For months, education workers in the province of Jujuy, Argentina, have been mobilising for decent wages and to defend public education amidst the regressive reforms of the provincial government. Peaceful demonstrations held by education workers and civil society groups supporting them are being violently repressed by security forces.
People have been seriously injured. A 17-year-old boy lost an eye after being hit with rubber bullets fired by local police and many demonstrators have been arbitrarily arrested and taken away in unmarked vehicles. The provincial police have also entered people’s homes and arrested them without warrants. The CTERA education workers’ confederation, affiliated to Education International, condemns this violent and arbitrary repression of demonstrators by the police and public authorities.
Jujuy is a province of Argentina in the far northwest of the country, on the border with Chile and Bolivia. It is rich in natural and mineral resources, particularly lithium. The local population comprises various communities of indigenous peoples who have resisted oppression and discrimination throughout history, especially in the defence of their ancestral lands. Poverty rates in Jujuy are nonetheless high, and its people have long suffered at the hands of authoritarian and repressive governments linked to the neoliberal right.
Jujuy’s current governor, Gerardo Morales, has been holding Milagro Sala – leader of the Tupac Amaru social organisation and a member of the Mercosur parliament, PARLASUR – in prison since 2016, on the basis of irregular and politicised legal proceedings.
He has also violently repressed social protests and promoted constitutional reform that limits citizens’ rights. His political ambitions have led him to run for the presidency of the country in the upcoming elections on 22 October 2023.
Governor Morales tried to restrict the right to strike and to dismiss the workers taking part in the protests but had to back down under social pressure. He is nonetheless pressing ahead with a constitutional reform that poses a threat to human rights, the environment, and national sovereignty. Education International expresses its solidarity with the education workers of Jujuy and is calling for respect for their demands and their right to freedom of association.
The repression of social and trade union protests by the government of Jujuy has been denounced by the CTA, the CGT and CTA-A union confederations, as well as by international human rights organisations such as the Inter-American Commission on Human Rights (IACHR), Amnesty International, and Human Rights Watch.
The IACHR has urged the state to respect the right to freedom of expression, to cease the use of force and to re-establish dialogue with indigenous peoples. The organisation has nonetheless reported that, since Saturday 17 June, excessive force, tear gas, and rubber bullets have been used to break up non-violent demonstrations, leaving many injured.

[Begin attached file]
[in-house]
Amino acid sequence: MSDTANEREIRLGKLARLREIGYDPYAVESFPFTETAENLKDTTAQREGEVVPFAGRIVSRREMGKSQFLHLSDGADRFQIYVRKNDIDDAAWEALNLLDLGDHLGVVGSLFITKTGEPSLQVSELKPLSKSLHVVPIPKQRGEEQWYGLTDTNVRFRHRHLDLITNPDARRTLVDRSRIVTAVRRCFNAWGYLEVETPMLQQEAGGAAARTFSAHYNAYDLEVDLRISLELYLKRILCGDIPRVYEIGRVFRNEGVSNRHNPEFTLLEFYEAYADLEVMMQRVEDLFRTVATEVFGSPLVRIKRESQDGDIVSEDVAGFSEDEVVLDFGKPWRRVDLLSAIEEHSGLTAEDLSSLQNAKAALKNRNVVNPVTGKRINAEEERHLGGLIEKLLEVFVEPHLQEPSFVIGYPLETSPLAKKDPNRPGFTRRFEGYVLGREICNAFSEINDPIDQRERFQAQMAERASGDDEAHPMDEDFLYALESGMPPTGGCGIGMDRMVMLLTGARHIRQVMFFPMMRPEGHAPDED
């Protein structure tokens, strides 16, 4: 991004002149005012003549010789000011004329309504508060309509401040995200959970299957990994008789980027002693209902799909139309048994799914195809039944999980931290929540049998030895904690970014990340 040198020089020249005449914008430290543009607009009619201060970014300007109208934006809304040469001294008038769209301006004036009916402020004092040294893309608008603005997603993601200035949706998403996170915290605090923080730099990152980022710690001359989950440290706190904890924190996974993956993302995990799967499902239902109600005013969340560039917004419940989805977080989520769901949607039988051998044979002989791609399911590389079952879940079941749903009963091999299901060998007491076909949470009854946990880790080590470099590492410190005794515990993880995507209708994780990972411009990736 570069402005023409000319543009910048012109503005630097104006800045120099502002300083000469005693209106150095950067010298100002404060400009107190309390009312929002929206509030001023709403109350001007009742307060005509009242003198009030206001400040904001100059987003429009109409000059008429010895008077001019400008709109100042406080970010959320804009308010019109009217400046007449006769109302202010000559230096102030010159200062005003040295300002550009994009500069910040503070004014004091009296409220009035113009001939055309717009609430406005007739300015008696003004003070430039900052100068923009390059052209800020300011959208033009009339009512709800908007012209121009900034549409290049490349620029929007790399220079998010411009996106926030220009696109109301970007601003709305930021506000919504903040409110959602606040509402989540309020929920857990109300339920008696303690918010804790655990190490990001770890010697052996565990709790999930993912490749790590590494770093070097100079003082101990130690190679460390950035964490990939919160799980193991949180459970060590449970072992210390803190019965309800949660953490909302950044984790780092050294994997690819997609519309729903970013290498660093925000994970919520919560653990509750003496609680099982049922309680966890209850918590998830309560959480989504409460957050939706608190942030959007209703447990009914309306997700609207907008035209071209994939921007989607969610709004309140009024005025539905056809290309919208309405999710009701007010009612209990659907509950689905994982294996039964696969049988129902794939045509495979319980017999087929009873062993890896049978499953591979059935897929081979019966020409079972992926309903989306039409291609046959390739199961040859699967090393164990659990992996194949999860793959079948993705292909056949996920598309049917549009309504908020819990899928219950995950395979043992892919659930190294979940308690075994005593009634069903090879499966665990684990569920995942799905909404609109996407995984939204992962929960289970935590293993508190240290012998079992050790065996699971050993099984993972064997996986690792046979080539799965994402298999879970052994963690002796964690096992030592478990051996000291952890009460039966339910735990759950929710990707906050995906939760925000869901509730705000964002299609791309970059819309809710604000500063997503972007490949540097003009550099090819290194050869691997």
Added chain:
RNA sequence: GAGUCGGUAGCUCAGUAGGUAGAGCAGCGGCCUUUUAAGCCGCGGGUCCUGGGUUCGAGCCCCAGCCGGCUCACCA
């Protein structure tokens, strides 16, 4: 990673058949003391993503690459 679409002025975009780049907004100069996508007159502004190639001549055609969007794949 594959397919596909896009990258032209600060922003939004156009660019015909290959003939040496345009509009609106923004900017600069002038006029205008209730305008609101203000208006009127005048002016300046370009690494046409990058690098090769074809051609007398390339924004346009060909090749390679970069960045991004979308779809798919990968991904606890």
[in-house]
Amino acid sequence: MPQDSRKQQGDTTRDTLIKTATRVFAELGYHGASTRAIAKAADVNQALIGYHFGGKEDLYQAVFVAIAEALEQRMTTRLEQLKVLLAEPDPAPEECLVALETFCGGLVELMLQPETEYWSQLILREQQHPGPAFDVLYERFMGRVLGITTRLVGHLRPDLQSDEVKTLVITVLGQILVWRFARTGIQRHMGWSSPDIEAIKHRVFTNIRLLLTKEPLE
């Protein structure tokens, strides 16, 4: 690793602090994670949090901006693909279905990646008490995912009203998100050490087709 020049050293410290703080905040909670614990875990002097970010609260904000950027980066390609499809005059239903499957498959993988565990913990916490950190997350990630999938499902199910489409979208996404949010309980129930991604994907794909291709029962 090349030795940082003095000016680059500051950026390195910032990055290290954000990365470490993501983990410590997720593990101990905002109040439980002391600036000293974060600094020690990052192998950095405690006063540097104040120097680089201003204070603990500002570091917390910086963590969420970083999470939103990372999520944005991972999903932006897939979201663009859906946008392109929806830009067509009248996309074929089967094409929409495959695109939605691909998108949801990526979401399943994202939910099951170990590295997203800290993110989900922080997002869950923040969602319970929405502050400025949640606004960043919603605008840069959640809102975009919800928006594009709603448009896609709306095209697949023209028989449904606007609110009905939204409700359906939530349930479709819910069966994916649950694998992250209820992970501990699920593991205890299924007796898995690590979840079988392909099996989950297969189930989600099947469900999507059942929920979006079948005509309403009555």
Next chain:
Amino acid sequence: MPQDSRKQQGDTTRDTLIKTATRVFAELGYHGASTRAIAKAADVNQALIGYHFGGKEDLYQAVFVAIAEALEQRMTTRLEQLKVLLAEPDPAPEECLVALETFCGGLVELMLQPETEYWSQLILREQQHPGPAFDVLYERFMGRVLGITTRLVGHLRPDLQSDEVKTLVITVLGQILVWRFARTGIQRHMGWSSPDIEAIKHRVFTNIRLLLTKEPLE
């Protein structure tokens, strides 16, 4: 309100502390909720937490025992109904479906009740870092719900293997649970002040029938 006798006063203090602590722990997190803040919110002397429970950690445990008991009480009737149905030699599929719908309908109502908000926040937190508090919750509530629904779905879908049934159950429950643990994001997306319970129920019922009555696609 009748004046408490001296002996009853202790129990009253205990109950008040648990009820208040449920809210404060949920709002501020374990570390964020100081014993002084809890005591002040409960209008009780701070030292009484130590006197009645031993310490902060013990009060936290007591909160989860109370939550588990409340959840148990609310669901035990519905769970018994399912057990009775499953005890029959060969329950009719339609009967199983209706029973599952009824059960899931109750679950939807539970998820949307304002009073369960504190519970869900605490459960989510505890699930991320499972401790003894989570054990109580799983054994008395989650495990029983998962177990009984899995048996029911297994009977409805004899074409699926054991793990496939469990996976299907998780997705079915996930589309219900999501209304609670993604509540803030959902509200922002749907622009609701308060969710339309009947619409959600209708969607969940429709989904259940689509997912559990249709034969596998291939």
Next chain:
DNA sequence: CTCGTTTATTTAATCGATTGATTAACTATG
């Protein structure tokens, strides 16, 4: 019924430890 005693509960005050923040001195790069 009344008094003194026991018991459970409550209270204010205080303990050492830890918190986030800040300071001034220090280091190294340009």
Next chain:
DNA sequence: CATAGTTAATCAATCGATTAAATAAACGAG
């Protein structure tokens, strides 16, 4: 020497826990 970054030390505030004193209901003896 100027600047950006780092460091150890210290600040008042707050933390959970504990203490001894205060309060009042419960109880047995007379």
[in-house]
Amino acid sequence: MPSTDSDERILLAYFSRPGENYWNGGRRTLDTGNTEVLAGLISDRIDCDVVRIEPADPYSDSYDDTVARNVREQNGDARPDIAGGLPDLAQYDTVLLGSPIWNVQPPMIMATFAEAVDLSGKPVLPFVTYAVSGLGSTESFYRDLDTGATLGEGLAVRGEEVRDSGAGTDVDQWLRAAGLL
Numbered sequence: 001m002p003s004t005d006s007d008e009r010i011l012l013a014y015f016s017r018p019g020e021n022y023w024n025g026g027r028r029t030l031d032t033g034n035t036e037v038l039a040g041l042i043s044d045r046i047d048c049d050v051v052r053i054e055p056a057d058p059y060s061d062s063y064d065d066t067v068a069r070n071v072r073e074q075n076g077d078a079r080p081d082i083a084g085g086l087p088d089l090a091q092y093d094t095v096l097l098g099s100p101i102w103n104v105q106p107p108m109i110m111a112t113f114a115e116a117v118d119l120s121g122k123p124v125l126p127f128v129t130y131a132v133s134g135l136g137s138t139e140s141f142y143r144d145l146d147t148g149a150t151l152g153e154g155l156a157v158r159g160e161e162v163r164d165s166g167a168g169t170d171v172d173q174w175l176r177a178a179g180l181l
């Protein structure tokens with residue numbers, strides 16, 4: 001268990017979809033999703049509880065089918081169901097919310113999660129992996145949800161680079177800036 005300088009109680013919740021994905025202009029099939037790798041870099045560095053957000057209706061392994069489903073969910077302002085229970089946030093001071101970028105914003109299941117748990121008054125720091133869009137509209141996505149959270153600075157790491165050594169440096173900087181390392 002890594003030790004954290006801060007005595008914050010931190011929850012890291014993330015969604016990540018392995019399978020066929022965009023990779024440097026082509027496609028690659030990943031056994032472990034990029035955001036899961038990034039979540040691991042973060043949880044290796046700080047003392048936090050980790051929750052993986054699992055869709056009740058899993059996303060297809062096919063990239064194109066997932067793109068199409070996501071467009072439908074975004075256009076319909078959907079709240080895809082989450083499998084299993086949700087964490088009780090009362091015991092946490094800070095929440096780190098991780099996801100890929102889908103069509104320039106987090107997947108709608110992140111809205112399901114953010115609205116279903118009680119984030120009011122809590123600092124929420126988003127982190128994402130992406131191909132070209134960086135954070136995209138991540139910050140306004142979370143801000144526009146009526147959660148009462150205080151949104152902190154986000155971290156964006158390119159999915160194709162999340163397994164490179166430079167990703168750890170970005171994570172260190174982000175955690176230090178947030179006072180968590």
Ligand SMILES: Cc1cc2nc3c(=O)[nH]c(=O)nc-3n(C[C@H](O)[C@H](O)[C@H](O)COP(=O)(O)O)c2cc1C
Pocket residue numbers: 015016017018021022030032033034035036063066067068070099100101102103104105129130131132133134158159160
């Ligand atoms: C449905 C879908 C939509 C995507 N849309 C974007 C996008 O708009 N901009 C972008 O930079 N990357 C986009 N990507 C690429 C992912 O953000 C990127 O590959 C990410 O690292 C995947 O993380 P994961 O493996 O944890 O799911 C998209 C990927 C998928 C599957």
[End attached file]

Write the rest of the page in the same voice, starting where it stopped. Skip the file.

During the recent International Labour Conference of the ILO (Geneva, June 2023), Roberto Baradel, deputy general secretary of the CTERA (Education Workers’ Confederation of Argentina) and international secretary of the CTA-T workers’ union, filed a complaint with the tripartite agency regarding the Jujuy government’s violations of human, labour, and trade union rights and the ILO Conventions ratified by Argentina.
Hugo Yasky, President of the Regional Committee of Education International Latin America and President of the Human Rights Committee of Argentina’s National Chamber of Deputies, has denounced that the constitutional reform promoted by Morales violates ILO Convention 169, which establishes the obligation to consult indigenous peoples concerning legislative changes. The constitutional reform seeks to remove the limit on the governor’s re-election and modify the electoral system. The opposition coalition Juntos por el Cambio has dismissed the IACHR’s message and congratulated Morales for his firmness.
The conflict in Jujuy not only affects the people of Jujuy but has national and international ramifications. Morales’ constitutional reform is a bid to impose an authoritarian and neoliberal model that benefits large corporations to the detriment of the most vulnerable groups in society. Among them are education workers, who are demanding better working conditions and salaries, and social leaders such as Milagro Sala, who has been imprisoned on political grounds for over five years.
Education International, which represents more than 32 million teachers worldwide, expresses its solidarity with the education workers and the people of Jujuy, calls for respect for human rights, the release of Milagro Sala, and an end to the repression and political persecution in Jujuy. Education International also calls on the international community to remain vigilant and mobilised in response to this grave situation that represents a threat to democracy and the rule of law in Argentina.